A steadycam is an essential accessory for those who want to film while in motion and achieve a steady shot, free of trembles and vibrations.
On the market there’s plenty of accessories you can mount a videocamera or a DSLR camera on, in order to improve the quality and the stability of the film. The prices range from about ten euros to hundreds or thousands of euros, but then we’re talking about very professional models.
Neewer steadycam is entirely made of aluminium. The stick can be extended from a minimun length of 15.2”/38,6 cm to a maximum length of 24”/60 cm. It’s quite affordable and well designed, it’s easy to carry and it does its job well, that is to say it stabilizes our videos, both on an amateur level and a professional level.
It’s a high quality product. In the upper part there’s a quick release plate with 1/4″ screw where you can mount DSLR cameras, whose weight ranges from 1.1 lbs/ 0,5 kg to 5.95 lbs/ 2,7 kg. Even action cams –that are way lighter than that – can be mounted on it, even though we might have to use some tricks that we’ll explain later.
Friction doesn’t affect the gimbal on ball bearing too much, and this is helpful, as it allows the device to work better. The size of the handle, which is made of aluminium as well and is covered by a non-slip surface, makes it easy to grip it even for those who have large hands.
The lower plate – where the weights are placed, that counterbalance the weight of our cameras set in the upper part – is well built, as the rest of the device, and its size doesn’t limit our movements.
The moment we balance our Neewer steadycam, we’ll need to have our camera lens perfectly prependicular to the horizon, therefore the isometric grid placed at the left of the slide we’ll use to adjust it will be extremely useful.
In order to balance the steadycam, we will slide it forward or backward. Instead, we’ll slide it towards the left and the right to balance the camera while we’re moving and correct eventual swayings. Unfortunately in this case we have no visual reference to help us, but it won’t take too long to achieve a perfect balance, as we will see in the video.
- Maximum Length: Approx. 24″/60cm
- Minimum Length: Approx. 15.2″/38.6cm
- Quick Release Plate Scale: 1.96″/50mm (Either side)
- Capacity Range: Approx. 1.1-6.0lbs/0.5-2.7kg
- 1x Stabilizer
- 1x Carry Bag
- 1x Stabilizer
Balancing a steadycam
There are many tutorials on the net that teach how to balance steadycams for every kind of DLRS cameras and videocameras, but in this tutorial we’ll explain you how to effectively use an action cam mounted on a steadycam.
Almost every steadycam on the market is designed to stabilize cameras or videocameras whose weight is at least 1.1 lbs/0,5 kg, but most action cams in the market (like GoPros) weigh not much more than 0.1 lbs/60 g, that means that they are way under the weight suggested by the manufacturers.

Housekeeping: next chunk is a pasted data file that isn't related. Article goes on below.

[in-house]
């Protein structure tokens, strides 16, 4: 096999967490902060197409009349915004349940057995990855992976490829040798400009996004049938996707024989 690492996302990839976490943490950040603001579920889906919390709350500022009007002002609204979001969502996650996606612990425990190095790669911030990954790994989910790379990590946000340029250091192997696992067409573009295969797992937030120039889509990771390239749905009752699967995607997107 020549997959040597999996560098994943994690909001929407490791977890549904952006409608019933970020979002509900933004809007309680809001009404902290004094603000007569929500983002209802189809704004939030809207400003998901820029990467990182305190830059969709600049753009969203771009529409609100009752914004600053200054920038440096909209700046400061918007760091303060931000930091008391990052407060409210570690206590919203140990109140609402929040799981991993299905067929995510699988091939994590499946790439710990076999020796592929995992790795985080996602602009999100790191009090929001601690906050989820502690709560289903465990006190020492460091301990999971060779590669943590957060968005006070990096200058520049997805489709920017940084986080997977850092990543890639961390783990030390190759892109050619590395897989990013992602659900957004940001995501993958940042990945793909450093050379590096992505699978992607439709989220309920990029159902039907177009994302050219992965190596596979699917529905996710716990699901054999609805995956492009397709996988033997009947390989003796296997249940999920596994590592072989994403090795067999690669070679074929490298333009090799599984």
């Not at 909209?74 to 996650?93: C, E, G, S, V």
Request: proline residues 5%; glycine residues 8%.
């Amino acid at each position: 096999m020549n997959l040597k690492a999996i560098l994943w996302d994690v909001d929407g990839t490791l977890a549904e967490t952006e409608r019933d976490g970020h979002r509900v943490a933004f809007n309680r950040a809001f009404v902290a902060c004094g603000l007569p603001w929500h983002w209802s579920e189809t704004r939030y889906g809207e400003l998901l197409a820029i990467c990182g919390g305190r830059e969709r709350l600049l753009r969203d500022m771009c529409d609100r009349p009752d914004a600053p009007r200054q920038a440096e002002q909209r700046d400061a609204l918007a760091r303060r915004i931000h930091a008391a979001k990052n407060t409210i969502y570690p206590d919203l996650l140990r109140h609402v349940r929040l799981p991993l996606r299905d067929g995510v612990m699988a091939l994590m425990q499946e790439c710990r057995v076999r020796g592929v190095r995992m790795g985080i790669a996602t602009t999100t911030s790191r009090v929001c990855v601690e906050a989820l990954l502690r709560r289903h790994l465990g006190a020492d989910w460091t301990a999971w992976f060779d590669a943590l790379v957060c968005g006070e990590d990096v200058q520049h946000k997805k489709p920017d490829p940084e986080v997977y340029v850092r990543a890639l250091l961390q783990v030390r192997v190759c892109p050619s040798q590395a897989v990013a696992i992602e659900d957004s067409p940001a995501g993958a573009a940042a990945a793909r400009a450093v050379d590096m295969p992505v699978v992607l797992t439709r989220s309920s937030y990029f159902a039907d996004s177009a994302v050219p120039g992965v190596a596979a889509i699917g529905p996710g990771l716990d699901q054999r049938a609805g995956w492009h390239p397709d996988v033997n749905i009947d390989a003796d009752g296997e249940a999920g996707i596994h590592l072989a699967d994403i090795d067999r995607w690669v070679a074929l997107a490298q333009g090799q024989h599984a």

The weights provided within the steadycams are often too heavy if we want to use an action cam, so it is more difficult to achieve a perfect balance with them. The first thing to do is buy some small metal washers that weigh 0.01 lbs/6g, 0.02 lbs/10g, 0.03 lb/ 14g, until we gather a total amount of 0.6 lbs/300 g of weight.
Then we need to find a way to set some weights on the slide we will fix the camera to. There’s usually a groove there, that runs across the whole slide. We can fix some weights to that by using a small threaded rod. Two nuts will secure it all.
Once we have everything we need, we can start mounting our action cam on the slide and, thanks to the threaded rod, we’ll be able to use the weights provided with the cam in order to allow the steadycam to reach the intended position (see image).
In my case (I use an an Eken H9 action cam mounted in its open plastic case) I only had to add 0.6 lbs/300 g of weight.
Now we can start balancing the camera by moving the slide forward and backward, to the left and to the right, making sure we hold the steadycam perpendicular to the ground.
Once we’ve managed to keep the steadycam perpendicular, we have to set the angle of fall of the steadycam so it will last about two seconds.
After accomplishing this task, the steadycam should be in perfect balance and we can try it out: holding the steadycam by the handle, we move quickly from left to right. If we have reached a good balance, the lower counterweight should stay perpendicular to the ground and not sway in the direction we were moving.
We’ll also try moving forward and backward, the counterweight should stay in place all the same.
If this is what happens, then we have reached the best balance and our videos will be stable, not affected by tremors or swayings.
Tutorial balance steadycam for action cam
Stabilized movie video clip